- This is an example of how to use the homemade black bean sauce to whip up a main dish fast. I used tofu here, though you can use other types of plant-based protein, such as tempeh or seitan. This recipe includes instructions for making homemade black bean sauce and chili oil but you can just as easily purchase premade options from the store– though I highly recommend homemade. The times include the time taken to prep all indgredients homemade.
- Black Bean Sauce Notes:
- This versatile Chinese sauce adds intense umami to a dish. You can easily buy black bean sauce at a grocery store, but the homemade version is much more fragrant, and I highly recommend it.
- Unless you use very potent chili peppers (such as Thai chili peppers), the sauce won’t be spicy. I only use dried Chinese chili peppers to infuse more aroma into the sauce; dried Korean and Mexican chili peppers work too. If you do want a spicy sauce, consider blending 1/2 cup (120 ml) of Chili Oil into the sauce at the end of cooking or adding 1 teaspoon of cayenne powder with the garlic and ginger in step 5.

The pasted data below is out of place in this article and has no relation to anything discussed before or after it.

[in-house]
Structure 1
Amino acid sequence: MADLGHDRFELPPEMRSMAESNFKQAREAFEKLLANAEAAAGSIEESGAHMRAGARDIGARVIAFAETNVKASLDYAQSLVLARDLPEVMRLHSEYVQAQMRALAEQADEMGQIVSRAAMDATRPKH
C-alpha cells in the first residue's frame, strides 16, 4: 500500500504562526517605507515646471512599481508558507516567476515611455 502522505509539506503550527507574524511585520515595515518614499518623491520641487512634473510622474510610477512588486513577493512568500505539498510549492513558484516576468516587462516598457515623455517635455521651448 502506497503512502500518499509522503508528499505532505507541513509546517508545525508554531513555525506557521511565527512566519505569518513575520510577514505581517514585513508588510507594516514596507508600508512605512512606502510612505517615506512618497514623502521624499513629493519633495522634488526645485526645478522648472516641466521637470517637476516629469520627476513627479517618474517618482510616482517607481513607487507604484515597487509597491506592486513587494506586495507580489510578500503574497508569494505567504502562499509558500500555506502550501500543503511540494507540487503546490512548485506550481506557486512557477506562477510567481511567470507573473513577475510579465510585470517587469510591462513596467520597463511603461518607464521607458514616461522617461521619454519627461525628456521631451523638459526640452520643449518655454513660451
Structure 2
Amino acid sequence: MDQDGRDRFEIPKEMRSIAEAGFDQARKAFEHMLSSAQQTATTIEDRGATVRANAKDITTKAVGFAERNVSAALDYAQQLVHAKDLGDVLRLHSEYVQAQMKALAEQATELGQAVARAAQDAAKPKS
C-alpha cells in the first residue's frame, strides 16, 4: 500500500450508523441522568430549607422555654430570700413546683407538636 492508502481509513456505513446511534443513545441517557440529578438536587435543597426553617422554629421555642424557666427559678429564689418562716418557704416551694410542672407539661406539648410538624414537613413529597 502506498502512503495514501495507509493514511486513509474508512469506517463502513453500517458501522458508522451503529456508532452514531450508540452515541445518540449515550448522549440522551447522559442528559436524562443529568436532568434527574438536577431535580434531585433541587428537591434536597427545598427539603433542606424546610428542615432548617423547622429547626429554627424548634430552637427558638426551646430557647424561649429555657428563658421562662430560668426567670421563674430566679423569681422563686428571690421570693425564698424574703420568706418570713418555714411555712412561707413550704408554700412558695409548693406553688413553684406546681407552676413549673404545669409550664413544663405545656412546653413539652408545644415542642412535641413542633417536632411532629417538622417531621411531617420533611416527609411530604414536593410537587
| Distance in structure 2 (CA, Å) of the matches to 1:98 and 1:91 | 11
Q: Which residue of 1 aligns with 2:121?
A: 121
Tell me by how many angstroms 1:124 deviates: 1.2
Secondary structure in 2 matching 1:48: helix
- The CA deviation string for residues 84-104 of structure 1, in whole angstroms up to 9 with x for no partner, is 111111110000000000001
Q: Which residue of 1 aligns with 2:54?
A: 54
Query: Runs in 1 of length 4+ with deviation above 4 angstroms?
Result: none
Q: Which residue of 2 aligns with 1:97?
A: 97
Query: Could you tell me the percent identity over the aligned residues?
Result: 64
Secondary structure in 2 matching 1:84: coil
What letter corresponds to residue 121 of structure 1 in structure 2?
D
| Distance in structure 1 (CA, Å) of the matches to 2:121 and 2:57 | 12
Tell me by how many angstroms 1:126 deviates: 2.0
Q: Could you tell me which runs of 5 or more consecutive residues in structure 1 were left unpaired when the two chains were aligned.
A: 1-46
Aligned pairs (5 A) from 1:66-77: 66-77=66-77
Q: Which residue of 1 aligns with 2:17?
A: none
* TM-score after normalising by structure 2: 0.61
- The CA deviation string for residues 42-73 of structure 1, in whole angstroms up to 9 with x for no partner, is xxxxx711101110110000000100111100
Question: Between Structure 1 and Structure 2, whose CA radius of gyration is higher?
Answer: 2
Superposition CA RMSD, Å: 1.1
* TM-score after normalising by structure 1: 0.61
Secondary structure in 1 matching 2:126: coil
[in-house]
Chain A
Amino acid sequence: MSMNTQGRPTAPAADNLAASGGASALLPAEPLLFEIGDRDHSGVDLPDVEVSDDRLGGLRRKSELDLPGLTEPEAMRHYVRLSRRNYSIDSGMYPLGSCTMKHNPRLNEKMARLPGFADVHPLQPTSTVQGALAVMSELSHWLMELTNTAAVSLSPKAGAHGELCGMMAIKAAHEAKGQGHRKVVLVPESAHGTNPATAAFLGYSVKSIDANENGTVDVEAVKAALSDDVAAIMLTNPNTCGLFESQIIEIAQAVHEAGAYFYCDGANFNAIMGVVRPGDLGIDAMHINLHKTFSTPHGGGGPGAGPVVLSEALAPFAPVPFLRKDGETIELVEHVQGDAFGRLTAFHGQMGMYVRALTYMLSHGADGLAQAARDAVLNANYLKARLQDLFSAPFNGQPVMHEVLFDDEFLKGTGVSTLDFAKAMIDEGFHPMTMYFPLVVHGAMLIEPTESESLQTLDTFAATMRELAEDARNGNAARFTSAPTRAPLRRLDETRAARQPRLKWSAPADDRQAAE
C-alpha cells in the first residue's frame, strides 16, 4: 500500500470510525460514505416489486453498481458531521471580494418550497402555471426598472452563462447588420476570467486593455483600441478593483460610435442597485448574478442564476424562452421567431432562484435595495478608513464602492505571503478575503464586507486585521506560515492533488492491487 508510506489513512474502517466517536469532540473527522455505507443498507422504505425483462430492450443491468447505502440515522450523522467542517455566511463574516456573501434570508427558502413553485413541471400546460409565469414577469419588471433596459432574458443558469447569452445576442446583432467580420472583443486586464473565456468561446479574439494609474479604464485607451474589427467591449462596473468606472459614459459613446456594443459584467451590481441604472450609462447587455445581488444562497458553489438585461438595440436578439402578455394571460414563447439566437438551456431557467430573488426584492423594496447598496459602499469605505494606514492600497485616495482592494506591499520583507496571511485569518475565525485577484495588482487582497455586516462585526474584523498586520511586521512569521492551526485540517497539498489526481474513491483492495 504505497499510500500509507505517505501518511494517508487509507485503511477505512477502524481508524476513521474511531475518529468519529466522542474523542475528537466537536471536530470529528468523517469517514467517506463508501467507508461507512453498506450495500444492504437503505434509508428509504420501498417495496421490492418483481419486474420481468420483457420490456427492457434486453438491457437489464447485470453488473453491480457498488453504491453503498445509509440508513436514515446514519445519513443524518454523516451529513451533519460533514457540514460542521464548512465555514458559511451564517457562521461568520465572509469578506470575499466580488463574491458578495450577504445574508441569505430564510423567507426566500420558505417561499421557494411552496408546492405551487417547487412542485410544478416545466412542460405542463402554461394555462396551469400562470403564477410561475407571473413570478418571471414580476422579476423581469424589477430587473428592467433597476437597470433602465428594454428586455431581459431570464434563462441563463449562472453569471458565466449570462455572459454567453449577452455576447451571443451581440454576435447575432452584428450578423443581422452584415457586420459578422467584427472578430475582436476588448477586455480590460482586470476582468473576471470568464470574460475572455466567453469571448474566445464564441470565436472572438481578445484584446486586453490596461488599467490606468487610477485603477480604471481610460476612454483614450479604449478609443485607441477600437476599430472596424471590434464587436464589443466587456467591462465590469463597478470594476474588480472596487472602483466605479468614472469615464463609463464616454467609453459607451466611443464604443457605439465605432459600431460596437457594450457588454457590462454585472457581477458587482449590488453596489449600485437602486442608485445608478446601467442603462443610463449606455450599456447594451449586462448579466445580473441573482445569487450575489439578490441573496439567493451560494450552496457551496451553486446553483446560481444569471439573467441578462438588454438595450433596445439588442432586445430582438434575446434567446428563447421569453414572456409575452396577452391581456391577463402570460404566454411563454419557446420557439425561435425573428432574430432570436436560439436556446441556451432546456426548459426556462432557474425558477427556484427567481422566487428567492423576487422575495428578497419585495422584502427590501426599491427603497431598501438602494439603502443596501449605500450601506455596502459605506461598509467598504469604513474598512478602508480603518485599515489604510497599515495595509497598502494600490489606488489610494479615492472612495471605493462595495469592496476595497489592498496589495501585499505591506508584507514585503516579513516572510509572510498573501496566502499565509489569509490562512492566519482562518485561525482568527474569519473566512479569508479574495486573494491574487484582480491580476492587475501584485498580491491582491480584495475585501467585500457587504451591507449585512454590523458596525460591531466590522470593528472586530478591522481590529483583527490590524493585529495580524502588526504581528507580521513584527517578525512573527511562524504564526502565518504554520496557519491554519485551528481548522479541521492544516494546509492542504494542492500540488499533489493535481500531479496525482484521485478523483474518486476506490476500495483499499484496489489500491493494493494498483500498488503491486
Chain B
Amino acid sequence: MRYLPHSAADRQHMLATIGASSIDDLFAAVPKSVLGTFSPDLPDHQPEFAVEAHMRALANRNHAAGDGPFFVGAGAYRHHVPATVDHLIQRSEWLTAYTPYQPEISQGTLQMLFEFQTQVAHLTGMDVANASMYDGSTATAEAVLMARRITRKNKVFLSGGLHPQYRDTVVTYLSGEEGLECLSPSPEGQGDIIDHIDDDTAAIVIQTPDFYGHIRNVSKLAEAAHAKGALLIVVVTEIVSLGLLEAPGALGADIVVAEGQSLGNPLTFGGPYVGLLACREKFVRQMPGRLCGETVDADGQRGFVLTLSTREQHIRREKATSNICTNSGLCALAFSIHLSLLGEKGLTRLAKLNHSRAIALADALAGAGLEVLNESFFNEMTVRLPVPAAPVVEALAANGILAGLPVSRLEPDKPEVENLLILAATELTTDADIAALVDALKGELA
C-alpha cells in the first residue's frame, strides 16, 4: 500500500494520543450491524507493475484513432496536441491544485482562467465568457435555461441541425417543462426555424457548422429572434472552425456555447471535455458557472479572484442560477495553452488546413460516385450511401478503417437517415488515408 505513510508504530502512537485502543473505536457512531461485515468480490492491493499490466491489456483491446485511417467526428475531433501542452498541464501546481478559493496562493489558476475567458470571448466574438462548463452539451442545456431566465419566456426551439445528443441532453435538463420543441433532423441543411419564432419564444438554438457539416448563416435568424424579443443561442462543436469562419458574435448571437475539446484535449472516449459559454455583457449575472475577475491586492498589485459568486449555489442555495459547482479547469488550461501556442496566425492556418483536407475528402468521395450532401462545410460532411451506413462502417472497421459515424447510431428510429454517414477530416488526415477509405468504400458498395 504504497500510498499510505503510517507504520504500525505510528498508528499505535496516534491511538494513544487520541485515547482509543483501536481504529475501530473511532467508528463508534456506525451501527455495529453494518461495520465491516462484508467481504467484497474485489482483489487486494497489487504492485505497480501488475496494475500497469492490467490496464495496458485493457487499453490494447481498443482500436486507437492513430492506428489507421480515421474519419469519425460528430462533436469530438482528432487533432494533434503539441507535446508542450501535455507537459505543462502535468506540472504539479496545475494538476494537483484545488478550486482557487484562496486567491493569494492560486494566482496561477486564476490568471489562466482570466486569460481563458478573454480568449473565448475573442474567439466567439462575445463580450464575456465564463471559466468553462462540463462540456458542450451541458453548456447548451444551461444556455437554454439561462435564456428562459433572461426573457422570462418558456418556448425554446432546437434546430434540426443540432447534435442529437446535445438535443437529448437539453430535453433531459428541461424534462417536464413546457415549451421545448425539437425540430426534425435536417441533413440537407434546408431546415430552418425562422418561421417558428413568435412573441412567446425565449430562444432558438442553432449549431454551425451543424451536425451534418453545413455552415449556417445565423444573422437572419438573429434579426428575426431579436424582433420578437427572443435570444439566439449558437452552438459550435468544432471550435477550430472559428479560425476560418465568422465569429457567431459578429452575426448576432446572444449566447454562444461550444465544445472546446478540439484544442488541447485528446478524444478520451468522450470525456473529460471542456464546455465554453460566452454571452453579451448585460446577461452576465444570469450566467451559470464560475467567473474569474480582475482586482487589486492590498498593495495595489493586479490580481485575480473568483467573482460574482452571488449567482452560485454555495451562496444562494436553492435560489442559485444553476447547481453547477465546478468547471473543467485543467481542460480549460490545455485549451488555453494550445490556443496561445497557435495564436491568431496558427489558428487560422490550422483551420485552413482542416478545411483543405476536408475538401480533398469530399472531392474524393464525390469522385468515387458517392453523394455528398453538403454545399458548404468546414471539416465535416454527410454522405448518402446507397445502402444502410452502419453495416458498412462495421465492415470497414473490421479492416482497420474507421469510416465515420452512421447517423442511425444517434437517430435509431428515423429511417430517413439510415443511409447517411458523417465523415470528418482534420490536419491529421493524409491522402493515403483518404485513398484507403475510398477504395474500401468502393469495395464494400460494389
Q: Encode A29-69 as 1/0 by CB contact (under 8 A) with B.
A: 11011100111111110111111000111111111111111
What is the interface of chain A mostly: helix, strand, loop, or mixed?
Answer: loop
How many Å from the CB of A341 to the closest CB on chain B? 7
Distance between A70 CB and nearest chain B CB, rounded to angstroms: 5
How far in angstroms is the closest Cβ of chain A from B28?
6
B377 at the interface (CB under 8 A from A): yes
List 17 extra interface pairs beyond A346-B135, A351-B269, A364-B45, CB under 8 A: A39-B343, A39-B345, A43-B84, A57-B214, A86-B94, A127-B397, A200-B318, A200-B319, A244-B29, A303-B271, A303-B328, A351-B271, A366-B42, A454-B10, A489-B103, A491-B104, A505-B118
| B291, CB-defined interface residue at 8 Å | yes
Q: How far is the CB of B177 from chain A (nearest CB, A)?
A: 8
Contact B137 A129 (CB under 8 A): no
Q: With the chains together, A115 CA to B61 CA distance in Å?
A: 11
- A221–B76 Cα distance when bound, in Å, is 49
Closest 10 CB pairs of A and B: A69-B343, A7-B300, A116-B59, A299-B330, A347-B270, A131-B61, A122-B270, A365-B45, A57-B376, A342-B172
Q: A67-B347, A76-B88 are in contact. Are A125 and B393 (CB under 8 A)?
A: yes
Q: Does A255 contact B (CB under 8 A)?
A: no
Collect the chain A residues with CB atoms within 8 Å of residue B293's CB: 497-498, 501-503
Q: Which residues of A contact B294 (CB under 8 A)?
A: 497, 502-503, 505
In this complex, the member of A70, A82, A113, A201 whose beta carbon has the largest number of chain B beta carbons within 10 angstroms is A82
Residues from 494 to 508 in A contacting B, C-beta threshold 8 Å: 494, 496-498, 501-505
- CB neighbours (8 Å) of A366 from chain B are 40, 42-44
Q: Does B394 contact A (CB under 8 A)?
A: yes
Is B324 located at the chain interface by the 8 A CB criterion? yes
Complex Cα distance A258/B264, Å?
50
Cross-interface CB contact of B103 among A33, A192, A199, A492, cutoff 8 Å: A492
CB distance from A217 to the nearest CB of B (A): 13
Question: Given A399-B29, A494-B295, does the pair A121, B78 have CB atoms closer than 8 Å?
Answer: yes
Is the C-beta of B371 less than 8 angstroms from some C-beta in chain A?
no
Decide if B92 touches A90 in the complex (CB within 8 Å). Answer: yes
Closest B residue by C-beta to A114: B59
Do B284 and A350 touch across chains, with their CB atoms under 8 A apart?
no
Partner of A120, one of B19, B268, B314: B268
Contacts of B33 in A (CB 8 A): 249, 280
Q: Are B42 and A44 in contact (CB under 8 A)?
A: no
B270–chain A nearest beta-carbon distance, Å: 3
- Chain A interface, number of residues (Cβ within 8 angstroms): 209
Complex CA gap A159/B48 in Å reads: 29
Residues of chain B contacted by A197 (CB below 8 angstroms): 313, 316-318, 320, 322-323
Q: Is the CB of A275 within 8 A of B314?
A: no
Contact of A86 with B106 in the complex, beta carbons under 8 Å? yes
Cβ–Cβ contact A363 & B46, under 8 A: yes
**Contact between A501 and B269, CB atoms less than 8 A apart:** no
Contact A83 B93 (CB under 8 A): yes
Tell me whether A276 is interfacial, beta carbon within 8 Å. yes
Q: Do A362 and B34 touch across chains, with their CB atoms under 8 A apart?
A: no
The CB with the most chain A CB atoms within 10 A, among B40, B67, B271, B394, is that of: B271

- Chili Oil Notes:
- Chili oil is one of the pantry staples I always keep in my kitchen. I consider it a cheater ingredient because a few drops of it can make almost any dish taste immediately better. These days, you can find high-quality chili oil produced in small batches, but this homemade oil is inexpensive to make and you can guarantee maximum freshness. The process may seem intimidating at first, but once you’ve tried it out, you’ll be surprised by how straightforward it is and that it takes less than ten minutes to make.
- To test the oil temperature without a thermometer, add a thin slice of ginger to the oil. When the ginger starts to wither and turn golden brown, immediately turn off the heat. Remove and discard the ginger. This method may not always be accurate depending on your stove, so for a more accurate result, use a thermometer.